Rabbi David Fohrman in his book, “The Passover you almost passed over,” offers an interesting explanation for the ten plagues in Egypt.
Rabbi Fohrman explained that the world at that time was heavily involved in paganism. The Torah tells us that the purpose of the plagues was to make it clear that there was only one true G-d in the world.
The problem with paganism was that their believers attributed powers to specific gods. There was the god of the seas, the gods of the sun, perhaps the god of the animals, etc. They made offerings to these gods and were careful not to anger their respective deities.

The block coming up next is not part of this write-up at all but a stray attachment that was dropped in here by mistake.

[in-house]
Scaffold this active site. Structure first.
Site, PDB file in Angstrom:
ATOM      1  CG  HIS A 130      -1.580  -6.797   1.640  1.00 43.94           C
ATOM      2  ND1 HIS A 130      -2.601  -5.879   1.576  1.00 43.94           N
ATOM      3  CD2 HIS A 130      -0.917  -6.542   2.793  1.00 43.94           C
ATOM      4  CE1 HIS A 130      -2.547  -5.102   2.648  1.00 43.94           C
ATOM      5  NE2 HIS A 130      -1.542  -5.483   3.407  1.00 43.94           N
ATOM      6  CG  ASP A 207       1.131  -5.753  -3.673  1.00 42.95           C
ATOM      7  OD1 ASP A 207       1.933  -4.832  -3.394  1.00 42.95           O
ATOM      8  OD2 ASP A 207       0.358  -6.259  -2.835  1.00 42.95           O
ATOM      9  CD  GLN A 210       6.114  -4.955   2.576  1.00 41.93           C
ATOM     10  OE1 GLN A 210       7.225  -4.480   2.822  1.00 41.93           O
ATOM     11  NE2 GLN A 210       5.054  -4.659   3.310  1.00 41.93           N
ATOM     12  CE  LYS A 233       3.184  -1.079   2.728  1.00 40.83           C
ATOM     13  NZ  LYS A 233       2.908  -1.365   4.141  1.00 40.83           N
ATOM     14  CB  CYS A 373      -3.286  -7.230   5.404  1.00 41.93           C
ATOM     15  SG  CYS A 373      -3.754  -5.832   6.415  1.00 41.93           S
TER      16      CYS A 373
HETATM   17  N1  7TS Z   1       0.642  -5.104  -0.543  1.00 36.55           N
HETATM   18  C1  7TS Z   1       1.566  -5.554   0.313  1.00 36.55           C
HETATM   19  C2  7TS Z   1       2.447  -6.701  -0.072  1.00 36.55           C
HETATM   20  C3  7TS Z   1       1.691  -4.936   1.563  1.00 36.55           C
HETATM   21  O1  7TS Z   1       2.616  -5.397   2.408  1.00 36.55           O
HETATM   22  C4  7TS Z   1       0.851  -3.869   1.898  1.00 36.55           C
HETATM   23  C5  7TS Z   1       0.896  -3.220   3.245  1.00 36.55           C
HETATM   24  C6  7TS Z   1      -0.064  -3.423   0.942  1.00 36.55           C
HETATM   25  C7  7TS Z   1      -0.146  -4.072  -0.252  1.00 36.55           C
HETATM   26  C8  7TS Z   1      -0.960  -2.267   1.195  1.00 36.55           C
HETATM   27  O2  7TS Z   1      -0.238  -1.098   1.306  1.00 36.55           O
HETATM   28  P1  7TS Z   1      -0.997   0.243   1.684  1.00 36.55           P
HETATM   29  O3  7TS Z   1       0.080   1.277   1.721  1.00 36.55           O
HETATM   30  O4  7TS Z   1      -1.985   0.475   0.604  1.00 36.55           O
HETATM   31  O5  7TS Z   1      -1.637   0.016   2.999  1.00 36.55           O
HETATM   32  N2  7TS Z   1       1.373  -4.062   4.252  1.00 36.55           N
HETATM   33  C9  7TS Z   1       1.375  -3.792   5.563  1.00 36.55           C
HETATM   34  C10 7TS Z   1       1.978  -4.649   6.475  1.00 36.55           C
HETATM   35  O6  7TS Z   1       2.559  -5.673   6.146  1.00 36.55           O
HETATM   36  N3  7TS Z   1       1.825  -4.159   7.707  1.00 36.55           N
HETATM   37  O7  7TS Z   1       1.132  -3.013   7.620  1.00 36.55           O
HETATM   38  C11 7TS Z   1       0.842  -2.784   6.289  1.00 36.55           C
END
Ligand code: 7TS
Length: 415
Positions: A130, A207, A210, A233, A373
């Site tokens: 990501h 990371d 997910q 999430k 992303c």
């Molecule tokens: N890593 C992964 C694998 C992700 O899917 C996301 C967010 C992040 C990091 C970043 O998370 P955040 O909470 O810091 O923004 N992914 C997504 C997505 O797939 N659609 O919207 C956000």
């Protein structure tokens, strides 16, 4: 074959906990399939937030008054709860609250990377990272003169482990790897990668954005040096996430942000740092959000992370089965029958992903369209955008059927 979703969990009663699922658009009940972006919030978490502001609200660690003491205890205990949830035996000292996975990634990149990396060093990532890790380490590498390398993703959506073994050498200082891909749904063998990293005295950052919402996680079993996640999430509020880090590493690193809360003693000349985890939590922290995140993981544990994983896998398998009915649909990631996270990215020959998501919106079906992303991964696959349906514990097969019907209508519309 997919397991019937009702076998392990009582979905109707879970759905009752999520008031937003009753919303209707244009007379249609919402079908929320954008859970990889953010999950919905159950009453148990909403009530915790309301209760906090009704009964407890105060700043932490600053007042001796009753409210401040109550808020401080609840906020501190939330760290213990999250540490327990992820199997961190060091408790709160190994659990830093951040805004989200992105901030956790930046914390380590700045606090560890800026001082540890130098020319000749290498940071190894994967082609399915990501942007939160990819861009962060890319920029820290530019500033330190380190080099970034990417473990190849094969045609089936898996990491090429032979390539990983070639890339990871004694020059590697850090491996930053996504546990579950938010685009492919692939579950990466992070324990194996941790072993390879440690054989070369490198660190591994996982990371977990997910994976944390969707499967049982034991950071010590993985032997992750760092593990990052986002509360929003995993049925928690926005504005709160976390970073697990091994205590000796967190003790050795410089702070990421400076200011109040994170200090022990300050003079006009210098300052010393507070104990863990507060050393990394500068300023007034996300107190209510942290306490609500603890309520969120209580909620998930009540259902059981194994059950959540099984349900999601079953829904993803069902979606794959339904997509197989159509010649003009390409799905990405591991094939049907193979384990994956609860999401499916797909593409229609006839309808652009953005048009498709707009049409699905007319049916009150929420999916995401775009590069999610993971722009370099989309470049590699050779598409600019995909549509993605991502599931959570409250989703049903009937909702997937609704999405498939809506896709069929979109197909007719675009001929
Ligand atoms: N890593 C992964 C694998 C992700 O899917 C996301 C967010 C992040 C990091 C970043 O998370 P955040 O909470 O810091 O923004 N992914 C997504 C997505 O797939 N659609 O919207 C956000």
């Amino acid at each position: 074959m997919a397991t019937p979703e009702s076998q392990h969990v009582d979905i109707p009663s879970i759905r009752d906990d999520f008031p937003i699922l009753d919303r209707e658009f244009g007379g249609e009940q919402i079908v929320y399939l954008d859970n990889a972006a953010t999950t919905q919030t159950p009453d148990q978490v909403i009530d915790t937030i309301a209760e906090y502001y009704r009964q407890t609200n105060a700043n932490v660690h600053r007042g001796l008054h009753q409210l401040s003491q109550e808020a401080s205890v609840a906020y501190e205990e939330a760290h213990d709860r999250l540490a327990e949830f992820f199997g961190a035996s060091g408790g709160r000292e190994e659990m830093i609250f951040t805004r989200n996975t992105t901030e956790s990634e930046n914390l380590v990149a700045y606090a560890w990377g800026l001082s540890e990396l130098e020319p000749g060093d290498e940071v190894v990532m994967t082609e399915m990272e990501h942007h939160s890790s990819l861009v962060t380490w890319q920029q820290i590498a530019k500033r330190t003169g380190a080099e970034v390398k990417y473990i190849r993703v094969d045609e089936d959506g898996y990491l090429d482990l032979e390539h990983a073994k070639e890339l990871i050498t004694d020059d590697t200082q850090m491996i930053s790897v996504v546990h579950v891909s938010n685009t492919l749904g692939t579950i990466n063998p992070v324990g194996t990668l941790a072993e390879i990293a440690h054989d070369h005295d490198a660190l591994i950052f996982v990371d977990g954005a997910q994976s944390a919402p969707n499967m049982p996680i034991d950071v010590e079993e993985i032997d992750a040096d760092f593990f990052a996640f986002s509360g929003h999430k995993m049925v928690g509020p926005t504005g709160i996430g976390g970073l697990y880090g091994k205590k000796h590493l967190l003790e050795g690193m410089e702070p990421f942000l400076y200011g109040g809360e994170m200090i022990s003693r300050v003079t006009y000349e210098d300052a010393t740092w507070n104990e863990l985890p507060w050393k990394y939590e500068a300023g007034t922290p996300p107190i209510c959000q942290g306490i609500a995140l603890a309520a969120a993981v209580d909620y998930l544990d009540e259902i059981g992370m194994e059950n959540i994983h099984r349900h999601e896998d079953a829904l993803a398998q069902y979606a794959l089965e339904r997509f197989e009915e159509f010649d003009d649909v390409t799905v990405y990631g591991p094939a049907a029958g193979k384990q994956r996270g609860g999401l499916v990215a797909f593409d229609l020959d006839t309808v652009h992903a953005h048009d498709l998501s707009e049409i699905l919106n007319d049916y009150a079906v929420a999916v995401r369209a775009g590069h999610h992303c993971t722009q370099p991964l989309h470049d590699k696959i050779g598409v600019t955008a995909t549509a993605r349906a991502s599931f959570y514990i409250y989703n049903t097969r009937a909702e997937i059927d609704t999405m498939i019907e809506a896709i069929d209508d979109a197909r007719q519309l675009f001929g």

Had there been only a few plagues, or one major plague, the pagan worshippers would not have been convinced that it was our G-d, but perhaps, theirs.
However, after ten very different plagues, it would have been difficult to come up with ten different gods. The only conclusion to be made was that it was one G-d, the G-d of Israel, who was showing that He is the only true G-d and all others were false. The ten plagues were a convincing way to make this emphatic statement.